Hodgson hired detectives almost immediately after he took on the Piper case.5 Richard Hodgson was well-informed about techniques of deception.7 . Although it glosses over the fact that William James had enough wits about him to debunk other fraudulent mediums before Piper. Madame Blavatsky.4 This criticism – that Mrs. Martin Gardner focuses almost exclusively on William James in his essay on the mediumship of Mrs. but Richard Hodgson (James ‘discovered’ Piper in 1885 and spent some time investigating her on behalf of the SPR. whereas Pellew didn’t die and start ‘coming through’ until 1892. It could certainly be the case that these mistakes were not the author’s failing…many an editor or typesetter has committed errors as a manuscript passed through their hands on the way to publication.” Hodgson was also extremely well-versed in the trickery employed by fraudulent mediums – he is famously known for a brutal exposé of the chicanery of the founder of Theosophy.J.6 However. practiced by magicians and mediums. Similarly. there is a far more important omission. and with S. when he passed away in 1905. despite the fact that the primary researcher in this case was not James. Piper. he would not have been so impressed by Mrs. and to edit its journal. Piper’s positive results would have been less impressive with some knowledge of “techniques of deception” – is the first to set off alarm bells that Gardner may be dealing cards from the bottom of the deck when it comes to presenting the facts of this particular case. 5 Ho w Ma r t i n G a r d n e r B a m b o o z l e d t h e S k e p t i c s 2 01 Had James been better informed about techniques of deception. Piper’s mediumship in the Proceedings of the SPR.200 DA R K L OR E Vol . He says that Richard Hodgson died in 1909. Gardner claims that the writer George Pellew died in 1881.” In fact. Davy constructed a series of James Randi-like fake séances to test the observational abilities of sitters and researchers. James had only a weak comprehension of how to conduct controlled tests of mediums. Gardner’s criticism seems a whole lot less impressive once one knows that Richard Hodgson began his investigation highly skeptical of paranormal claims (though equally open to genuine evidence). Gardner asserts that “when [the alleged spirit of] Pellew began coming through Mrs. when he died in 1892. it is less easy to forgive other dating errors which can only be attributed to the author. Hodgson was so skeptical that he hired detectives to shadow Mrs. Piper’s carefully contrived persona. he once warned others interested in Spiritualism that “nearly all the professional mediums Richard Hodgson are a gang of vulgar tricksters who are more or less in league with one another. and he investigated Piper for 18 years on behalf of the SPR. the results of which were reported in the Proceedings of the SPR under the title “The Possibilities of Malobservation and Lapse of Memory from a Practical Point of View”. Anybody who has read the original reports of the Piper case would know that Gardner is wrong in this instance – Fred Myers mentions Hodgson’s use of detectives in his 1890 introduction to ‘the British report’ on Mrs. Moreover. and then only as “a British psi researcher” (though Hodgson was actually an Australian) “who came to Boston in 1887 to serve as secretary of the American Society for Psychical Research (ASPR). Piper.” Did Gardner deliberately omit this important point? Or was he so lacking in knowledge of the source material that he didn’t even know who the primary investigator in the Piper case was? The latter conclusion may be supported by another odd aspect of Gardner’s essay: he gets dates wrong. Piper and her husband for several weeks to make sure they were not researching information about his friend. And yet in Gardner’s essay he is mentioned only in passing. and continued as the lead researcher in the United States until his death in 1905). For instance. Hodgson took over the investigation in 1887. around 1887-88.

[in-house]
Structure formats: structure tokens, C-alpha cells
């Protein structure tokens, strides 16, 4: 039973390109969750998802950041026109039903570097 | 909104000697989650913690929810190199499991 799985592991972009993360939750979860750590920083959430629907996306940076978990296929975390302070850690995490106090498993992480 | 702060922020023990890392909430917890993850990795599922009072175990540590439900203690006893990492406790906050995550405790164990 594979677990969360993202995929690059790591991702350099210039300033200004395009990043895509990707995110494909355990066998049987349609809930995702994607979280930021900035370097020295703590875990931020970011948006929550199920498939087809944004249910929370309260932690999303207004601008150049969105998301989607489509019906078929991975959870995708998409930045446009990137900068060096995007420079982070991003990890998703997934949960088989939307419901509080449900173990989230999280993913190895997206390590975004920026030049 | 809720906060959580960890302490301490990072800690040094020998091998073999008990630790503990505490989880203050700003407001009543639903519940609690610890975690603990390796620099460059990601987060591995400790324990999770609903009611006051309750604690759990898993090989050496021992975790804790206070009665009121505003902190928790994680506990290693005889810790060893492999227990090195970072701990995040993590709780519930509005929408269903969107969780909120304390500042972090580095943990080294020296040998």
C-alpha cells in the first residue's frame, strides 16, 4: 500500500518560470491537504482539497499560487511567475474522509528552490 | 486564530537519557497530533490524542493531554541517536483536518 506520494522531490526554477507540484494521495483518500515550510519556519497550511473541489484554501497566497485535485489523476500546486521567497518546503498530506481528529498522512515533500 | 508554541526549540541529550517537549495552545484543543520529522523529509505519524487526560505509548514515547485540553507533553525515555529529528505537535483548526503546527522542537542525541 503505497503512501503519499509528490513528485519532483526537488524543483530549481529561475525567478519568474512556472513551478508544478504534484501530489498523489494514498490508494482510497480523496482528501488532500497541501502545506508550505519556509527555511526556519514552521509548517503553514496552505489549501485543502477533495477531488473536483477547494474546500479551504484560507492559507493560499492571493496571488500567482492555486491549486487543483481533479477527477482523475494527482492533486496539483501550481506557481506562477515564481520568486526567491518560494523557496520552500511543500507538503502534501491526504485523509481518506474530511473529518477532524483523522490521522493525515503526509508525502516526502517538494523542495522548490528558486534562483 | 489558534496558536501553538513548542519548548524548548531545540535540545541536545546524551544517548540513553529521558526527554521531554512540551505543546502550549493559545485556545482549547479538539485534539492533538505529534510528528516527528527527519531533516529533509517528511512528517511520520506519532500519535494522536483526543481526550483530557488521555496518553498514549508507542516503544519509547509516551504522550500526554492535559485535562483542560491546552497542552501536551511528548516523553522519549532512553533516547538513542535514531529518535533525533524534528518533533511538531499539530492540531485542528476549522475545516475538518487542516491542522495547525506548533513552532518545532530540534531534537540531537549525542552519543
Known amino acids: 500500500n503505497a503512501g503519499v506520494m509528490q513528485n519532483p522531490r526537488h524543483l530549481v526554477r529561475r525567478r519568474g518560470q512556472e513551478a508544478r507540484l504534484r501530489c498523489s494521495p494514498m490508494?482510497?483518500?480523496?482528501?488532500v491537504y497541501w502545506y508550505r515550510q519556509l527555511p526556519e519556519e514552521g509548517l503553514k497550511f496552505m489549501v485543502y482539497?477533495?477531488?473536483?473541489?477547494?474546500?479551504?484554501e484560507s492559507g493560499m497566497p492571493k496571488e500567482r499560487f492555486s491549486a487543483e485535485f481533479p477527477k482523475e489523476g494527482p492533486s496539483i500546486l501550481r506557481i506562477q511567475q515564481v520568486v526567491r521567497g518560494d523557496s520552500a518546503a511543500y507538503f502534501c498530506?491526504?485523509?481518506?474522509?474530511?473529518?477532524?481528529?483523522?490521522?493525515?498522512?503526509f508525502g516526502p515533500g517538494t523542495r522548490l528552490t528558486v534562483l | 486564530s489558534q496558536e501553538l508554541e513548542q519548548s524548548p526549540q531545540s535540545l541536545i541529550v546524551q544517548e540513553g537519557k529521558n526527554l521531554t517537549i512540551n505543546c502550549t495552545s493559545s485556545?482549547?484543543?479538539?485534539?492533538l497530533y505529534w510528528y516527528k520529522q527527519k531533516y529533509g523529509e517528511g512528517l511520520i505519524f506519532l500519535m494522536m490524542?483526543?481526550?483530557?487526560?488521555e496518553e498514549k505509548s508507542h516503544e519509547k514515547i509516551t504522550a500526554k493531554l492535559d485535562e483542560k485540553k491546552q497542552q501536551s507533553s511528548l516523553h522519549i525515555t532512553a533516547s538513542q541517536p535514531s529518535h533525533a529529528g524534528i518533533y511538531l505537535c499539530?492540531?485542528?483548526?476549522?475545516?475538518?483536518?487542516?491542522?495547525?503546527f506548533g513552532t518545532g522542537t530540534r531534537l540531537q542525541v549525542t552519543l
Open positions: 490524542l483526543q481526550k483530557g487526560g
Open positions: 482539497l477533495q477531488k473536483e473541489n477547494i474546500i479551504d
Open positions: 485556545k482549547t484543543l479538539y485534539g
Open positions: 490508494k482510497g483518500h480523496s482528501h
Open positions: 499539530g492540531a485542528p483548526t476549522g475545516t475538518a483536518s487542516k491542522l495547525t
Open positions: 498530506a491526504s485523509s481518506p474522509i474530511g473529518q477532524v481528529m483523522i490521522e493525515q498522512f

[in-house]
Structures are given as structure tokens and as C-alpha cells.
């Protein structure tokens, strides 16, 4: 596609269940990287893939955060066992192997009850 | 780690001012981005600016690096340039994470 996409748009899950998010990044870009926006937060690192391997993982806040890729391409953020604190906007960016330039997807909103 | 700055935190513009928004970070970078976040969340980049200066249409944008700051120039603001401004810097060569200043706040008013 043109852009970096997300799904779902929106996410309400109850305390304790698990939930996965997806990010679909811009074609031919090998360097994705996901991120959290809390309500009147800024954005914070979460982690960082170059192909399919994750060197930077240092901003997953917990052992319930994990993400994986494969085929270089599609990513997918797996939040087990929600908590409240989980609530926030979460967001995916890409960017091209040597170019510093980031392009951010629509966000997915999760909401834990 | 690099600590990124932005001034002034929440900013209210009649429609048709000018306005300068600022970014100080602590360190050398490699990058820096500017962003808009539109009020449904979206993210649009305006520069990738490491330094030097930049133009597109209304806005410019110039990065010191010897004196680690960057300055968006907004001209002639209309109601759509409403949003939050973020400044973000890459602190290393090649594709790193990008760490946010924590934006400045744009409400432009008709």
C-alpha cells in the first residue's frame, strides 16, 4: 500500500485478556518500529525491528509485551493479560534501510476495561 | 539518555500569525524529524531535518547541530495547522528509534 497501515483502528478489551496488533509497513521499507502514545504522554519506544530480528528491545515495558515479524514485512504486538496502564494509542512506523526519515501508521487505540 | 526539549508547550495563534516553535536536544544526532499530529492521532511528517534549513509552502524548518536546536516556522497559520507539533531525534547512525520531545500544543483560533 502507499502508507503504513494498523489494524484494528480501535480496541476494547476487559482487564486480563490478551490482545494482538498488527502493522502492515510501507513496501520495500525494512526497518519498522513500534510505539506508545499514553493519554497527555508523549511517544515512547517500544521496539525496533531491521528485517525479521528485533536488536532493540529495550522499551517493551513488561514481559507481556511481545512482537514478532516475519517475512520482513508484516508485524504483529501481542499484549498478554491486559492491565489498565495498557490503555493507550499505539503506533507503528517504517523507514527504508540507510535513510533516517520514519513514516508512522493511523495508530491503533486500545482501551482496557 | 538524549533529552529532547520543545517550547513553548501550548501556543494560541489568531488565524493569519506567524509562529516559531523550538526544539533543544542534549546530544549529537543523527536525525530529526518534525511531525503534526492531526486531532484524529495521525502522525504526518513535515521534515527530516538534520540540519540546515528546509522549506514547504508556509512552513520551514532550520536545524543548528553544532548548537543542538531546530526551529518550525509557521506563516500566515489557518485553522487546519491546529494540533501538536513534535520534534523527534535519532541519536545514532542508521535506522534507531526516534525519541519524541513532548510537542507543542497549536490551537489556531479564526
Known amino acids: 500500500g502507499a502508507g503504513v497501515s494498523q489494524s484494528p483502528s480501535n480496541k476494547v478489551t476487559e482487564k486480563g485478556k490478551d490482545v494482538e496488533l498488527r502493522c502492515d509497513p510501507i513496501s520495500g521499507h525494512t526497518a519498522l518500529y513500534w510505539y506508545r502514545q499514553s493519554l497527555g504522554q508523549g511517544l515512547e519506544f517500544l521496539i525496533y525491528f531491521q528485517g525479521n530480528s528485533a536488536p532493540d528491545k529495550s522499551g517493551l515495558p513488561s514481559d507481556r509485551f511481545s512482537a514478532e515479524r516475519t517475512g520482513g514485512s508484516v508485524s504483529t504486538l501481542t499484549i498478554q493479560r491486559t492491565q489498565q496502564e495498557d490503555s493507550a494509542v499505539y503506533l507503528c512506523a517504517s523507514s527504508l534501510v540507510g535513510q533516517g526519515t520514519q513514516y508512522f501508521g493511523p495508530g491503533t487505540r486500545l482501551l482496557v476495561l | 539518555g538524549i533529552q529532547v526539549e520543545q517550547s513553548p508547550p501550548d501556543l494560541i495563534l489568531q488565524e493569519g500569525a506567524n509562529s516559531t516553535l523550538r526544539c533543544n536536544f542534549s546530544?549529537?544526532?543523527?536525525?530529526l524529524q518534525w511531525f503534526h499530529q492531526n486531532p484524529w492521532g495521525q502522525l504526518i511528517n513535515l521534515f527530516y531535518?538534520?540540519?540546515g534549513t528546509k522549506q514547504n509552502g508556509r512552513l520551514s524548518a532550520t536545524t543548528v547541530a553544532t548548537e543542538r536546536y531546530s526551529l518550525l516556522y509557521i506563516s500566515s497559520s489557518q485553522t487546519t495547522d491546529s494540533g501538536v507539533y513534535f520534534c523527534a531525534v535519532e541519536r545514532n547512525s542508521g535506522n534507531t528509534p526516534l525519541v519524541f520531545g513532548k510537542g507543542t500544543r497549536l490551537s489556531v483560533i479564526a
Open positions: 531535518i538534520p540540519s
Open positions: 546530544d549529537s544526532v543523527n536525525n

and it would have been impossible for any large amount of detailed information to have been extracted from us in this way without our knowledge.”13 Contra the claims of Martin Gardner. Piper bamboozled William James. according to Gardner.” There is actually a very good reason why James looked elsewhere than the ‘fishing’ hypothesis for an explanation – the original investigators considered it. despite what reviewers for the New York Times believe – he is in fact directly disagreeing with the considered opinion of the original investigators. guessing. These points are of crucial importance in judging Gardner’s essay.14 Podmore noted that initially the investigators were wary that Mrs. Richard Hodgson’s report in Volume VIII of the Proceedings of the SPR: “Several times Mrs. pointing to “fishing”… But in so far as it is founded on this circumstance. but sometimes the attempt altogether fails. and obviously with considerable effort. Piper was supposedly ‘cold reading’ did not know anything of the details being ‘fished’. 5 Ho w Ma r t i n G a r d n e r B a m b o o z l e d t h e S k e p t i c s 2 03 Furthermore Gardner states ‘facts’ which are not just debatable. For example.15 Gardner also fails to note that a number of successful ‘hits’ by Mrs. For this same tentative and piecemeal emergence of proper names appears in the most fully reported sittings. The uninformed reader .”11 There are additional reasons for thinking that Gardner may not have consulted the original research. Piper’s séances “show plainly that her controls did an enormous amount of what was called ‘fishing’. Again. and even in those sittings where the communication is made entirely by writing. says Gardner. from the same page of the same primary source: “the access has several times come upon her during sleep.”12 Professor William Newbold noted that both he and Richard Hodgson “have seen much of professional mediums. Hence we always had such possibilities in mind. Piper. This tentative exhibition of important information was naturally regarded at the earlier sittings as a suspicious circumstance. he asserts that records of Mrs. and dismissed it. but completely the opposite to what can be found in the primary sources. “they never began when she was alone or asleep”. yet he could not avoid thinking her messages were ‘accreted round some originally genuine nucleus’. shrewd inference.” He writes that “James was aware of how Mrs. James Hyslop said he “applied fishing. and are thoroughly familiar with the methods of ‘fishing’ upon which they generally rely. and today is called ‘cold reading’ [a technique where the ‘medium’ starts with educated guesses and then narrows in on only the positive responses from the sitter]”. despite Fred Myers stating in his report that “[T]he trance has occasionally appeared when it was not desired.”8 Also. He says of Mrs. Later he boldly says “cunning cold reading may account for most of Mrs. where the person that Mrs. and suggestion and found them wanting. Piper’s success here. Piper’s hits.”10 And in case Gardner missed Myers’ statements. a rebuttal can be also be found on page 1(!) of probably the most important primary source concerning Mrs. Piper was unable to go into trance at all. Piper’s mediumship. Piper were on details which were not known to the sitters – that is. “whenever a sitter paid for a séance.” At this point we might assume that Gardner wasn’t too familiar with Fred Myers’ report on Mrs. she had no difficulty going into a trance. For instance. A state of quiet expectancy or ‘self-suggestion’ will usually bring one on.2 02 DA R K L OR E Vol . that reputation is apparently undeserved. Frank Podmore – perhaps the most cynical of all the SPR investigators – noted the hypothesis of cold reading was “clearly inadequate to explain even a small fraction of the later records”. Piper was using cold reading because… …both Christian and surnames emerge frequently piecemeal. because – as the title notes – Gardner is supposedly showing “how Mrs. Piper’s trances that they “never occurred spontaneously”. where it is tolerably certain that no hints were given.” It is important to note that Gardner is not offering a new insight and explanation for Mrs. Piper’s controls shamelessly fished for data. as it continues (yet again on the same page): “These trances cannot always be induced at pleasure. who referenced the possibility of fishing/cold reading numerous times and dismissed it as an explanation.”9 Further.